Moreover, if the Canucks sign someone like Loui Eriksson to line up alongside the Sedins, Burrows will be relegated to a fourth-line role. Although he’s used to being higher in the lineup, Burrows, like always, will take the demotion in stride and accept his new role. As a player who naturally gets under the skin of other players, Burrows will be a solid grinder and fore-checker filling out the bottom six.

5. He Plays with Emotion

Yes, professional athletes sometimes let their emotions get the best of them but even worse than an over-emotional athlete is a dispassionate one. Burrows plays with ample passion. When he was younger, there were times when his emotions would run too high but he is level-headed enough to keep them check the majority of the time. Some of his most iconic moments as a Canuck were a result of emotion and passion:

Combined with his passionate play, is a dogged work ethic. If Burrows can impart any wisdom at all on the Canucks’ youthful up-and-comers, it is to work hard and consistently deliver maximum effort. As an undrafted player, Burrows came into the league with a chip on his shoulder and I’m not sure it’s ever disappeared since then.

6. He Can Still Fetch a Draft Pick or Two

Let me put it this way: if Alex Burrows manages to score anywhere near a 10-15 goal pace, a contending team will want him at the deadline as a rental. How high of a pick can he get the Canucks? Depends on his production, of course, and how highly the other team in the equation regards him. It would also help if said team had a surplus of draft picks.

My best guess would be that Burrows could fetch as high as a fourth-round pick. If the Canucks are out of a playoff spot by deadline day, I’d say that’s a worthwhile move (and probably even if they are in contention). If no free-agent wingers come to Vancouver in the next few weeks, Coach Willie should start Burrows on a line with the Sedins to see if his value can be boosted.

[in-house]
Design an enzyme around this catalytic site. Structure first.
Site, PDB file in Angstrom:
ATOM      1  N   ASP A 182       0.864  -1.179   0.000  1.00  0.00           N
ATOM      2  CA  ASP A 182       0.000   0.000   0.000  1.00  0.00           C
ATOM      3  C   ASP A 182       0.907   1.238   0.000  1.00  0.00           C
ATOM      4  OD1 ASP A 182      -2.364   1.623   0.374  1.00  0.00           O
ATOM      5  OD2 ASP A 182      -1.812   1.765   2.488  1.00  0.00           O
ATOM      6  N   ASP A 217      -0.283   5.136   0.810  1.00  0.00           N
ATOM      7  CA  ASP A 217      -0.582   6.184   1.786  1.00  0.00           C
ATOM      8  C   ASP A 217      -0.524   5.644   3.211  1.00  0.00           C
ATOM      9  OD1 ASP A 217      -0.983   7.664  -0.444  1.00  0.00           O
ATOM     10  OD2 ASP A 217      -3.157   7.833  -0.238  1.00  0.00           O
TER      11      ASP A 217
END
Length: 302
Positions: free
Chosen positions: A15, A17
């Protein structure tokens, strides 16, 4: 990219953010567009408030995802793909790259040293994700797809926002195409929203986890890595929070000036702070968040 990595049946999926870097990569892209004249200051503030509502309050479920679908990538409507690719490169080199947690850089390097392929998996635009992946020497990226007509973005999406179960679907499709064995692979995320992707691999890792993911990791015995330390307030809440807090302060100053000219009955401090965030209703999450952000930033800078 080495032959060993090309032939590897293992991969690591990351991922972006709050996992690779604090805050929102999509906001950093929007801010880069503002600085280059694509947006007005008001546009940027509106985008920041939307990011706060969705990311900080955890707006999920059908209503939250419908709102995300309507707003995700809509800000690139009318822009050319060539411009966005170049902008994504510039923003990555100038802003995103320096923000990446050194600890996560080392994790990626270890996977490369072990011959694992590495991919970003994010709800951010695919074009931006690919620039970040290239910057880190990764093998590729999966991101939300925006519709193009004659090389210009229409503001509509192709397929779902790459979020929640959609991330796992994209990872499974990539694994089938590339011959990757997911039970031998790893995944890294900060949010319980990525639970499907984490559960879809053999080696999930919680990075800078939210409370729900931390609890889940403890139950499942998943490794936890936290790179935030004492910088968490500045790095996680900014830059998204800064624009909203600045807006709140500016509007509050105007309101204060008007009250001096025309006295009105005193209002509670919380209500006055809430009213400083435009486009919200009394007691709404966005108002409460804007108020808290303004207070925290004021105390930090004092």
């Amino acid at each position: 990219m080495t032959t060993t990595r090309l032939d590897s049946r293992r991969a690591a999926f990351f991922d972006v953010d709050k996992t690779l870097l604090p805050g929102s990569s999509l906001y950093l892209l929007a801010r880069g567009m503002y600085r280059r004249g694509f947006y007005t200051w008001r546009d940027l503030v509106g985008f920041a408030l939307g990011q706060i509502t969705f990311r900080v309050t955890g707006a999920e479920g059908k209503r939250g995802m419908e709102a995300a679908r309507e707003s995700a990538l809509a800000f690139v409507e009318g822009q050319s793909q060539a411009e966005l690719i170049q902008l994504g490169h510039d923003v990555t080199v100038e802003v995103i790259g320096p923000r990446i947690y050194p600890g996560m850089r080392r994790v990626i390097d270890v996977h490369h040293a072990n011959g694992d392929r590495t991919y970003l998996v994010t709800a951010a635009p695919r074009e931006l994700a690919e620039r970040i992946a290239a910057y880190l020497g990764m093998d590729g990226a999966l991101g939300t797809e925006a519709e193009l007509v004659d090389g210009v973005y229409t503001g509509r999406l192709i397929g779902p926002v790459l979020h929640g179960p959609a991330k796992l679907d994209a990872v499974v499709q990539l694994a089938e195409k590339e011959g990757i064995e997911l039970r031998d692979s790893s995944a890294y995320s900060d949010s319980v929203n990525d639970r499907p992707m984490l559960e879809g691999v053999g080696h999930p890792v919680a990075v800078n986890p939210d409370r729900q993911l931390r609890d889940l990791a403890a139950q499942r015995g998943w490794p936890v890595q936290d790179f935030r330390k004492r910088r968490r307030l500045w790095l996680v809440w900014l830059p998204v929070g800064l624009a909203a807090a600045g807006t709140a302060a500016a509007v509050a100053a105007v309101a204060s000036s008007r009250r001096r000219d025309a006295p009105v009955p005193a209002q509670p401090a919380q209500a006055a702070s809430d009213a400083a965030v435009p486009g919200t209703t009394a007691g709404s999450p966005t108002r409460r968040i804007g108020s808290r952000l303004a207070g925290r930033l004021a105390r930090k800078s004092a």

The truth is, Burrows has been an admirable player throughout his career with the Vancouver Canucks. He has done everything asked of him and then some. Come the midpoint of this season, Burrows may have declined even further offensively but, nevertheless, his ultimate value isn’t necessarily on the score sheet.

Players who do the little things right — crash the net with reckless abandon, go hard into the corners, win puck battles, fore-check with determination, don’t turn the puck over, and support their teammates in any way possible — those are the ones to keep. It’s simply a bonus if they can score like Burrows has in the past.

Next: Steven Stamkos Coming to Vancouver?

Burrows will be a mentor for the young Canucks and help shape them to be key, well-balanced pieces in the near future. And who knows, the Canucks could get a resurgent performance out of Burrows and he may prove his worth to the team once again come the trade deadline. Keeping Burrows around for one more year is a win-win situation with low-risk, high-reward potential for the Vancouver Canucks.